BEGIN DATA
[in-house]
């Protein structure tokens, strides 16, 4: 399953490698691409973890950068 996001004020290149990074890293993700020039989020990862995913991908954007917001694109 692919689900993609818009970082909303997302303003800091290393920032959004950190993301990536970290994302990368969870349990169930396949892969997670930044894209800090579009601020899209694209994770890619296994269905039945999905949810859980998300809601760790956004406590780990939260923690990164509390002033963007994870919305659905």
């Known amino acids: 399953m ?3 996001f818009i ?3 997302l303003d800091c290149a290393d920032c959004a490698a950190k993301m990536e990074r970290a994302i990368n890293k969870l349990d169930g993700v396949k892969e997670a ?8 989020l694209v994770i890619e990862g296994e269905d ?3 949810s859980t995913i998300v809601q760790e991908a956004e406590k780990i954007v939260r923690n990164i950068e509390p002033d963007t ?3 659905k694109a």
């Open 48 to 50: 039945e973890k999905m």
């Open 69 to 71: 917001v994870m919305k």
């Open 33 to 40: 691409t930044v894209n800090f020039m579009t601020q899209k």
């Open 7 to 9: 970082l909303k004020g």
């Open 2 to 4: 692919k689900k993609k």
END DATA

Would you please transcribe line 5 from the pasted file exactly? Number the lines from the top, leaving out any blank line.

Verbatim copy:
């Open 69 to 71: 917001v994870m919305k």